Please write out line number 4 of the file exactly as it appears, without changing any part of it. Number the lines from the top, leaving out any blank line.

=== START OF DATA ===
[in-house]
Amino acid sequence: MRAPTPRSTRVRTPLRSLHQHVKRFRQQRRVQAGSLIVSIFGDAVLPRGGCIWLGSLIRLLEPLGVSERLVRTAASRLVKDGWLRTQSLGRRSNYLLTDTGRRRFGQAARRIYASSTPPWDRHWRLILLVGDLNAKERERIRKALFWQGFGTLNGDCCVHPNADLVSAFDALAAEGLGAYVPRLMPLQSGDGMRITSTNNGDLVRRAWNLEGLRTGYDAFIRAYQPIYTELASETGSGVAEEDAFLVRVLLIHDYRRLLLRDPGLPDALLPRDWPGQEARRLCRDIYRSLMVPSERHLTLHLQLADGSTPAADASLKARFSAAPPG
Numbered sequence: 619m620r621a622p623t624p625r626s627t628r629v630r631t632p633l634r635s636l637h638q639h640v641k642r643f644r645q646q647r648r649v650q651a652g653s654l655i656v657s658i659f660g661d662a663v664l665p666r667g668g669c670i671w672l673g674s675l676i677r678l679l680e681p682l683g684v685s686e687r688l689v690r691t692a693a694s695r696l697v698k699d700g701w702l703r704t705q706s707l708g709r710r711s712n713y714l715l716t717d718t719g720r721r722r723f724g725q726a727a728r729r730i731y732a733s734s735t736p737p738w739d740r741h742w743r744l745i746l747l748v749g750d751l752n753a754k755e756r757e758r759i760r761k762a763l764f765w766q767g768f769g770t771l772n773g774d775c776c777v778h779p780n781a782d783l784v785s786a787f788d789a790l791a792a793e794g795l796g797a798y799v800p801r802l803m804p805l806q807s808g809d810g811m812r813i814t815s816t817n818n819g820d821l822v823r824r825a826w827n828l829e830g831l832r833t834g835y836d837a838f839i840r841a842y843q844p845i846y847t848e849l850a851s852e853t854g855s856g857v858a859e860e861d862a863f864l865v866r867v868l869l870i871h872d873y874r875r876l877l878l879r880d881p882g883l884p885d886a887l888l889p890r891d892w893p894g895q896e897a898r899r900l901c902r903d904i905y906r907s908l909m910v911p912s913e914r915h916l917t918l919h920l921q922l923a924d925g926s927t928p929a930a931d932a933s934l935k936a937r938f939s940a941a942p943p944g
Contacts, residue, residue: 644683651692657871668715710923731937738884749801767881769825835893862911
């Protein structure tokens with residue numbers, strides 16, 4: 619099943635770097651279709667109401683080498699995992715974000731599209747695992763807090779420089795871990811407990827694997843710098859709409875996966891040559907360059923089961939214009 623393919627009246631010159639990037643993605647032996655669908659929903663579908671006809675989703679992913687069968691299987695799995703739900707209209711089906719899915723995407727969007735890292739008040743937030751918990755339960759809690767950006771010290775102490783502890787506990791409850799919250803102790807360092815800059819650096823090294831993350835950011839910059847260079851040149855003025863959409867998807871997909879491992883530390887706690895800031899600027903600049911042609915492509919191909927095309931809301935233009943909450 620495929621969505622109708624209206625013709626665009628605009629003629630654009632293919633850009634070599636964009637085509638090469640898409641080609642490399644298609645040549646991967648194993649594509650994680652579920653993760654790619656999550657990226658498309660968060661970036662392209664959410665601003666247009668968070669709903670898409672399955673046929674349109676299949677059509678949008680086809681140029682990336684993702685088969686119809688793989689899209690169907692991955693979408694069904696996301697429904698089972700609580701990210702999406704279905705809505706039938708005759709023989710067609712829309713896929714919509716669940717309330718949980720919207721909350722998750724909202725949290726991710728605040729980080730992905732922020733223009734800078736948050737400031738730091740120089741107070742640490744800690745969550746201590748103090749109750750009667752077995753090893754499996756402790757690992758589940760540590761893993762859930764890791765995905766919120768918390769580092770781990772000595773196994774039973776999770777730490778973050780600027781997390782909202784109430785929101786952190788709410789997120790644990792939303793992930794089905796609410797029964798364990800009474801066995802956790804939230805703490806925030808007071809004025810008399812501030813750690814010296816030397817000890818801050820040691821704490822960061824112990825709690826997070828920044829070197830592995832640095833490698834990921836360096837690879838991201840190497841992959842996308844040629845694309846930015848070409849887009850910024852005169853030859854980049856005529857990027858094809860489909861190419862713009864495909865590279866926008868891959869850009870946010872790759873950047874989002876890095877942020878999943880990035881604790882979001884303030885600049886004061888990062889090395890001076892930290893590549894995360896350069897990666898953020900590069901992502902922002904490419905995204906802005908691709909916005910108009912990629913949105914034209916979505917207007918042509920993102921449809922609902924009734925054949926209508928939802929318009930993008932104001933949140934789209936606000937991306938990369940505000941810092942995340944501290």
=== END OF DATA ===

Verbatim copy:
Contacts, residue, residue: 644683651692657871668715710923731937738884749801767881769825835893862911